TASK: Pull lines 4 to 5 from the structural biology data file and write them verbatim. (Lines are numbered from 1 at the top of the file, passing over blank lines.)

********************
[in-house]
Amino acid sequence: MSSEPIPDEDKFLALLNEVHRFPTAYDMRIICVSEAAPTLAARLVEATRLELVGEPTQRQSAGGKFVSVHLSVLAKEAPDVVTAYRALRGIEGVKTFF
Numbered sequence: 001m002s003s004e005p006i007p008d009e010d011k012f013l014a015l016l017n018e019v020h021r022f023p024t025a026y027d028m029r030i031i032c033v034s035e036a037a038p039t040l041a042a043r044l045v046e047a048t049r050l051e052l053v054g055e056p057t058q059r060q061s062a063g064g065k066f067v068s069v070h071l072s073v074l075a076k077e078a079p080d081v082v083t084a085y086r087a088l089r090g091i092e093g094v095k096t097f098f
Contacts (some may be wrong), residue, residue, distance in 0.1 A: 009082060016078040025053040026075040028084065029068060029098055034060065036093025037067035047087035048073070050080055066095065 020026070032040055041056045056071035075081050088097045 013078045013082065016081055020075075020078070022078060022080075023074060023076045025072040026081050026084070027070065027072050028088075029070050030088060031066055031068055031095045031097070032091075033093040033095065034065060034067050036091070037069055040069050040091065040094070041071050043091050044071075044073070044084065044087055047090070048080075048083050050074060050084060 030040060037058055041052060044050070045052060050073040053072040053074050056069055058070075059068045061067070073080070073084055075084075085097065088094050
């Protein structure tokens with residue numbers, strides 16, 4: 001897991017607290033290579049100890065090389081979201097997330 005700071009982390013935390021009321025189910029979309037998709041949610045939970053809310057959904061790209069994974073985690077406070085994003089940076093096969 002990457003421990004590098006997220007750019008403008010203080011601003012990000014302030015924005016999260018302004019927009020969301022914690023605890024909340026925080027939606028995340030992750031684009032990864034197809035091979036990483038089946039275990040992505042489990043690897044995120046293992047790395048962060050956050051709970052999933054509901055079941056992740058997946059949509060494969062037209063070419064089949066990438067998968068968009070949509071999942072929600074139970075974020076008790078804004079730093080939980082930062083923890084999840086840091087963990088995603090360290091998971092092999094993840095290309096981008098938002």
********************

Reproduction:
Contacts (some may be wrong), residue, residue, distance in 0.1 A: 009082060016078040025053040026075040028084065029068060029098055034060065036093025037067035047087035048073070050080055066095065 020026070032040055041056045056071035075081050088097045 013078045013082065016081055020075075020078070022078060022080075023074060023076045025072040026081050026084070027070065027072050028088075029070050030088060031066055031068055031095045031097070032091075033093040033095065034065060034067050036091070037069055040069050040091065040094070041071050043091050044071075044073070044084065044087055047090070048080075048083050050074060050084060 030040060037058055041052060044050070045052060050073040053072040053074050056069055058070075059068045061067070073080070073084055075084075085097065088094050
């Protein structure tokens with residue numbers, strides 16, 4: 001897991017607290033290579049100890065090389081979201097997330 005700071009982390013935390021009321025189910029979309037998709041949610045939970053809310057959904061790209069994974073985690077406070085994003089940076093096969 002990457003421990004590098006997220007750019008403008010203080011601003012990000014302030015924005016999260018302004019927009020969301022914690023605890024909340026925080027939606028995340030992750031684009032990864034197809035091979036990483038089946039275990040992505042489990043690897044995120046293992047790395048962060050956050051709970052999933054509901055079941056992740058997946059949509060494969062037209063070419064089949066990438067998968068968009070949509071999942072929600074139970075974020076008790078804004079730093080939980082930062083923890084999840086840091087963990088995603090360290091998971092092999094993840095290309096981008098938002």